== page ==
During the six-plus decades since the College Board took over the Advanced Placement program, it has ballooned from just 12,000 students in a hundred schools to 2.8 million students taking some 5 million exams in over 22,000 schools, including many poor and minority youngsters. Such growth has become a major point of pride for the College Board and represents a transformation from its long-time ties to elite public and private high schools.
A new analysis by Suneal Kolluri, a Ph.D. student in the University of Southern California School of Education, examines whether AP has sustained its rigor and maintained its effectiveness as it has come to serve large numbers of disadvantaged students. He undertook a vast review of the research literature from the last twenty-five years, with particular attention to whether authors examined the challenges of equity and/or effectiveness of the program.
Despite AP’s inclusion of many more kids from traditionally underserved populations, significant gaps persist in student access: White and Asian students are overrepresented in the exam-taking population when compared to black and Hispanic pupils. They also take more AP exams per student while in high school, and the differences are even more pronounced in STEM subjects.
These gaps persist despite policies in almost every state to increase AP access. And those efforts to expand participation have also coincided with declining exam results. AP exams are scored on a scale of 1 to 5, within which 3 or higher is deemed a “qualifying score” deserving of college credit. But as the number of students taking AP exams has risen, so has the rate of 1’s and 2’s, especially for marginalized groups.
Kolluri suggests several reasons why expansion and effectiveness may be incompatible. There he’s on somewhat shakier grounds than in his masterful research review.
First, he suggests that many historically underrepresented students simply cannot benefit from the AP program because preexisting achievement gaps are too large. It’s true that passing rates have dropped, especially for marginalized students. Yet the net number of individual students from these groups who are taking AP—and earning qualifying scores—has also skyrocketed during the past two decades. And organizations such as the National Math and Science Initiative, Equal Opportunity Schools, and Mass Insight Education and Research are doing yeoman's work in bringing AP success to more high schools enrolling such students.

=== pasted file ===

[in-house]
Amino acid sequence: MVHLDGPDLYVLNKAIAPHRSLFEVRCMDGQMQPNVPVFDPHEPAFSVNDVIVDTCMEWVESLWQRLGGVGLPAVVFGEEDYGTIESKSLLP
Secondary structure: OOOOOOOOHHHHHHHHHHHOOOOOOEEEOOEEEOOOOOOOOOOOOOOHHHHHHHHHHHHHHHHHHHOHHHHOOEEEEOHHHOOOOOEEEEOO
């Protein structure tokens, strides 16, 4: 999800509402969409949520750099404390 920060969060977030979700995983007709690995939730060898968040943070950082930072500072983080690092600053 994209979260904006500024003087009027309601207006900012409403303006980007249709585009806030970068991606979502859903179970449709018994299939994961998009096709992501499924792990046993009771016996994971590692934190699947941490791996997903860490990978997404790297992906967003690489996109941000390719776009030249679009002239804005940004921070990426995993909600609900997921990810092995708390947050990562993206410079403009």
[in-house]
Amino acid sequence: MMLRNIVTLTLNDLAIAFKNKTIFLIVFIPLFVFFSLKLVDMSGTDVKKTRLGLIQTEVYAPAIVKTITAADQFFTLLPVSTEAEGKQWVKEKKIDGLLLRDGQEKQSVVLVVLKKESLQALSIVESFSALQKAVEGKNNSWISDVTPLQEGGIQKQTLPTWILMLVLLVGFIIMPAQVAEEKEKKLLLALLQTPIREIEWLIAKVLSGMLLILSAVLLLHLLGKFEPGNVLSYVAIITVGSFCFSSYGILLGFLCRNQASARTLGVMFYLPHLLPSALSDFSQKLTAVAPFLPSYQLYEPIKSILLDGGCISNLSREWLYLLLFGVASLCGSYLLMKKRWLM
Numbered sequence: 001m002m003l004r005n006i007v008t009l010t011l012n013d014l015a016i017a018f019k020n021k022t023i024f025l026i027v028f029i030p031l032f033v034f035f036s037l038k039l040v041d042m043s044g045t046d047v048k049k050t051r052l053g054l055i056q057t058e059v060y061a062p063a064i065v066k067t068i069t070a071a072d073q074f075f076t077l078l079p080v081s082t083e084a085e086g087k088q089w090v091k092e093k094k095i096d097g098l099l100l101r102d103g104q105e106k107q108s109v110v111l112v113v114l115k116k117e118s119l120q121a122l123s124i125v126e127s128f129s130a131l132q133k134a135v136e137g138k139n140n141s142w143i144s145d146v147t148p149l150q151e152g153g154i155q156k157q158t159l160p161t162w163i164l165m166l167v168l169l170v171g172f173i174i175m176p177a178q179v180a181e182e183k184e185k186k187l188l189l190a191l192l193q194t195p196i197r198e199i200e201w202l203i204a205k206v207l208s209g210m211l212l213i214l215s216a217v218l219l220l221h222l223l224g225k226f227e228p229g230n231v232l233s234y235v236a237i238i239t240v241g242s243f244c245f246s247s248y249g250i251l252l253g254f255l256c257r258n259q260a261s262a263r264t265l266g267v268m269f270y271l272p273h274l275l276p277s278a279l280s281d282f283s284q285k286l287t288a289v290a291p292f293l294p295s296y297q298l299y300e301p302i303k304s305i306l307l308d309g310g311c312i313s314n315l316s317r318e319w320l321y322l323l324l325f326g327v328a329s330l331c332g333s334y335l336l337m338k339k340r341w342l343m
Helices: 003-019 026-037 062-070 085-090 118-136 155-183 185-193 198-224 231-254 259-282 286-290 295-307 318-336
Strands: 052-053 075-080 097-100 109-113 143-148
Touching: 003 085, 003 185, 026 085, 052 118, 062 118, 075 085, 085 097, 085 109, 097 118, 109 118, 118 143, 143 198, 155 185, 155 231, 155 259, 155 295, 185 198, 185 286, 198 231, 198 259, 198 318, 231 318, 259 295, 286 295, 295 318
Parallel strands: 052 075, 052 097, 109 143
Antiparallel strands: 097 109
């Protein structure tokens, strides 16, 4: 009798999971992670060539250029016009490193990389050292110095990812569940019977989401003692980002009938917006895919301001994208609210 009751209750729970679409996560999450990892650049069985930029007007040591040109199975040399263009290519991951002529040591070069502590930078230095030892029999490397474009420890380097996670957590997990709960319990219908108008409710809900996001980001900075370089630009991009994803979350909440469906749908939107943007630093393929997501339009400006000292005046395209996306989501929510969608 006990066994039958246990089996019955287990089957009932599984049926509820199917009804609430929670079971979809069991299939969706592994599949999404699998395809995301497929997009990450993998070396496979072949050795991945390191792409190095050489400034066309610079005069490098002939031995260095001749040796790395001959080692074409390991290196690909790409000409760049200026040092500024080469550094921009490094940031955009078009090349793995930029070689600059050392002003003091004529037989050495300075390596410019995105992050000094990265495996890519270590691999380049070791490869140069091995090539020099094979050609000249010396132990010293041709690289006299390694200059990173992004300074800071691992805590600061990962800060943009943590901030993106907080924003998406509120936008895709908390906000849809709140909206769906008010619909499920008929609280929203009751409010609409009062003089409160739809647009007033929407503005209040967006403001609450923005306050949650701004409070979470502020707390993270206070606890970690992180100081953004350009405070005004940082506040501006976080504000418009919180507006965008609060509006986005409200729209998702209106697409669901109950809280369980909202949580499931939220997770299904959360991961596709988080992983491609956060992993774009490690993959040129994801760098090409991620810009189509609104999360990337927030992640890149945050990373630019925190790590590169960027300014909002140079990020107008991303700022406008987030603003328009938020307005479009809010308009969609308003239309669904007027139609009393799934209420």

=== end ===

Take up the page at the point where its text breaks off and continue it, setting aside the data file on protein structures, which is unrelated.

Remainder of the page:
Second, Kolluri speculates that AP courses are being taught ineffectively to underrepresented students, and that their schools often lack resources, including well-qualified teachers, minority teachers of AP subjects, and gung-ho administrators. All of these factors may negatively influence AP’s effectiveness. The extent to which the College Board alone can—or should—effectively face these difficulties is debatable, but its ambitious new Pre-AP initiative, designed to exercise some degree of curricular influence in earlier grades, may help.
Finally, he points to evidence suggesting that Advanced Placement may be a “component of social reproduction,” by which he means that its expansion in low-income schools might simply lead to even greater expansion in their middle- and high-income counterparts. In some cases—as recently happened in a high-profile way among elite D.C.-area prep schools—the upscale schools actually drop AP to distinguish themselves further. Yet it remains the case that more students of all backgrounds are still sitting for and passing the exams—even in elite schools that generally continue to administer the AP tests, despite declining to teach the classes.
SOURCE: Suneal Kolluri, “Advanced Placement: The Dual Challenge of Equal Access and Effectiveness,” Review of Educational Research (July 2018).